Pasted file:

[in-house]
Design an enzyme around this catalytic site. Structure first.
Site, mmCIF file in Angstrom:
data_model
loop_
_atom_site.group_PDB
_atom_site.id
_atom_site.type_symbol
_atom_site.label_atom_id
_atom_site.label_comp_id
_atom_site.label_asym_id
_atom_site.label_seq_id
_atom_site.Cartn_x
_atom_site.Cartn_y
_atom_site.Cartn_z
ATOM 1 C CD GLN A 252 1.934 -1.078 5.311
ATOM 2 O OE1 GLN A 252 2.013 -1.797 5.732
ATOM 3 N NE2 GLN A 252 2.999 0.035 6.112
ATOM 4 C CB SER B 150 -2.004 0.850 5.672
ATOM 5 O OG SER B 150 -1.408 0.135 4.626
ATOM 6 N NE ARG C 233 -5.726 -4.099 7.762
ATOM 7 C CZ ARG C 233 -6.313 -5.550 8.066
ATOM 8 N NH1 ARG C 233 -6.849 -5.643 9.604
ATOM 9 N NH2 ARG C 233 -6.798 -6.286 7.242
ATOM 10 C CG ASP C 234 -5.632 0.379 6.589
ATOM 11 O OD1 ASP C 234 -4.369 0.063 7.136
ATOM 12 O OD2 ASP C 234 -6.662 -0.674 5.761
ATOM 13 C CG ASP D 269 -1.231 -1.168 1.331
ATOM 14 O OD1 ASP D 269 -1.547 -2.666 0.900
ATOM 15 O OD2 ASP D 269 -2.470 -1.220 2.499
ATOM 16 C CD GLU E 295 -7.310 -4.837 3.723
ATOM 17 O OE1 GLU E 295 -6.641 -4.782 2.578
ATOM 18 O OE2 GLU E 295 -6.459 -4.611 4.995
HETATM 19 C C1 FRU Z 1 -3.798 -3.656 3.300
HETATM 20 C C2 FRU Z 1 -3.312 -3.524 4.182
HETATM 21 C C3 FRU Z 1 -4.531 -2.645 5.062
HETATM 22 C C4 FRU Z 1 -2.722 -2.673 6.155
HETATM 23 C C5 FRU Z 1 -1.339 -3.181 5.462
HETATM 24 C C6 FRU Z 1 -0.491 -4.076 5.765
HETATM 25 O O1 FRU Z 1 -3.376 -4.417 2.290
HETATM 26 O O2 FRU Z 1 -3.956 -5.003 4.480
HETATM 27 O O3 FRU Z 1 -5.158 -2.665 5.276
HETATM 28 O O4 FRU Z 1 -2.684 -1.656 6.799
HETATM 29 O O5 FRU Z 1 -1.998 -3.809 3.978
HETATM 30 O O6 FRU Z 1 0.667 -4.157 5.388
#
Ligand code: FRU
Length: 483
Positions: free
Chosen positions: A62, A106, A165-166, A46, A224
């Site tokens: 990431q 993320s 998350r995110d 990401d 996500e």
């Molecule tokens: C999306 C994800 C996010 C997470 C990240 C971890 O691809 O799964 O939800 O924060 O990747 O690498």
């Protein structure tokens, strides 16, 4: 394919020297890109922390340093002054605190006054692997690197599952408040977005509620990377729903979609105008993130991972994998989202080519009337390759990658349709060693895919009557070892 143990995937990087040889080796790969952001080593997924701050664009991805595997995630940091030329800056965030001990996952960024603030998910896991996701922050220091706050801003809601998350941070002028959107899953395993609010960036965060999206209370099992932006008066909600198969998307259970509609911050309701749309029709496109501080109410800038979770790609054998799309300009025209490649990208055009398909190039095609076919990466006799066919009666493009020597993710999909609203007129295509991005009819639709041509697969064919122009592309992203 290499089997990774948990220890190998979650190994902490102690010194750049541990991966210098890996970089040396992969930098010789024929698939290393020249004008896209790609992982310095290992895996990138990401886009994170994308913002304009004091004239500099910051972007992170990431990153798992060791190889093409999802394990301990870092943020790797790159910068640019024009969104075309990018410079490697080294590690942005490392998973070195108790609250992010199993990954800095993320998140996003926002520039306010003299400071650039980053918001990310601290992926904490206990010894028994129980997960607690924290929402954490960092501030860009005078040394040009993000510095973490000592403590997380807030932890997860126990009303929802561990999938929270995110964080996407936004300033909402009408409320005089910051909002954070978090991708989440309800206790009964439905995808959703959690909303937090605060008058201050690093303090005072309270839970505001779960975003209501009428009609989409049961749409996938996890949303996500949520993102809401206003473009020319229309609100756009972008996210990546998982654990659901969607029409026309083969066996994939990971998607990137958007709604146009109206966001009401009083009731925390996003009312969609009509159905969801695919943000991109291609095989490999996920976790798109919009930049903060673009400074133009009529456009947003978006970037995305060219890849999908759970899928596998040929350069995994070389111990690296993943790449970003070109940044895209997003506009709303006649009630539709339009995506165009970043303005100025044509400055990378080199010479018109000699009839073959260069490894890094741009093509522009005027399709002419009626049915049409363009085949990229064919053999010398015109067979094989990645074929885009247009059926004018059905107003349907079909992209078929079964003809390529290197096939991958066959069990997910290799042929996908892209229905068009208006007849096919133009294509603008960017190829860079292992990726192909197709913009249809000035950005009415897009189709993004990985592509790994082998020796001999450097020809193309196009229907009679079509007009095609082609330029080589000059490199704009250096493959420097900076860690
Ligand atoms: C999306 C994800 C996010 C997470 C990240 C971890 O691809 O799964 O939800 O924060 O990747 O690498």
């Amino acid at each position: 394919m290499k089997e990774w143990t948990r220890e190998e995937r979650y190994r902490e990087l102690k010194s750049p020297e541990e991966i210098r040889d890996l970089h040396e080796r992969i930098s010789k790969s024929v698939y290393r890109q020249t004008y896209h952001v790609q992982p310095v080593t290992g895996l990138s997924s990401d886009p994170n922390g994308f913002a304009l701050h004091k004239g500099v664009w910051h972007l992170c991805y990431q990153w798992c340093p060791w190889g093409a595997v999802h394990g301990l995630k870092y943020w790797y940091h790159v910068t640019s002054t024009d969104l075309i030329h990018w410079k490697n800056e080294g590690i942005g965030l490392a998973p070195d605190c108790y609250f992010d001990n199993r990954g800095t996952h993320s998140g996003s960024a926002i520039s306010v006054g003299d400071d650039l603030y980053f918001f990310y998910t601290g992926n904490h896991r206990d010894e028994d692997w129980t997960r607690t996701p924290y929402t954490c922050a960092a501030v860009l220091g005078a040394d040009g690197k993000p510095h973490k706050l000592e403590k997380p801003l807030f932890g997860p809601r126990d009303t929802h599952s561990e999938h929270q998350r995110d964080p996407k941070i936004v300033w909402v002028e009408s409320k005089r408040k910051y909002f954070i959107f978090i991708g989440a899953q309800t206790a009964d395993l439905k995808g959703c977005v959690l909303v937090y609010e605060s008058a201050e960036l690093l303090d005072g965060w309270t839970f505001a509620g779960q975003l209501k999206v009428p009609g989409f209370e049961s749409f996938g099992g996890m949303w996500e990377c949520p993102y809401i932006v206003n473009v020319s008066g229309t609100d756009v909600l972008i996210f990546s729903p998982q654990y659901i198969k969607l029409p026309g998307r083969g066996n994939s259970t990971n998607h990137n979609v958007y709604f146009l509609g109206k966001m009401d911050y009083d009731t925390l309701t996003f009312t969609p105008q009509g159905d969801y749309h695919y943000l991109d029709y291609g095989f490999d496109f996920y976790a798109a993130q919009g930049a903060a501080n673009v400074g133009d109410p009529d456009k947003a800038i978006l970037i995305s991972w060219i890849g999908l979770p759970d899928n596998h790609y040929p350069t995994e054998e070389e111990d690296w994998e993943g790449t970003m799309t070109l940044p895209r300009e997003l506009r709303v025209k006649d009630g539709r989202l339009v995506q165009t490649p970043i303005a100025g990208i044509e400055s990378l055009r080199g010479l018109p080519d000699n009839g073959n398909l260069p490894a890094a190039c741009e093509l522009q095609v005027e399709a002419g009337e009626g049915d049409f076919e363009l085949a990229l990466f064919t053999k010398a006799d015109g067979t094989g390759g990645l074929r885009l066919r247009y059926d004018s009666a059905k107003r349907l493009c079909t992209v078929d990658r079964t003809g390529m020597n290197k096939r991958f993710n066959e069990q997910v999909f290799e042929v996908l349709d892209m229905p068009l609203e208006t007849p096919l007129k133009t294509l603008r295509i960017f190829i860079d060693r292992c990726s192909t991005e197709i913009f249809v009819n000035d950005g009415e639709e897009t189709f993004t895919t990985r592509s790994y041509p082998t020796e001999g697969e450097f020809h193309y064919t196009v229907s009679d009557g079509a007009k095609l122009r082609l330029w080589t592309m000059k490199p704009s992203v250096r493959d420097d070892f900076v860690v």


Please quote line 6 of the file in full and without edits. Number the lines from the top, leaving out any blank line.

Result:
_atom_site.group_PDB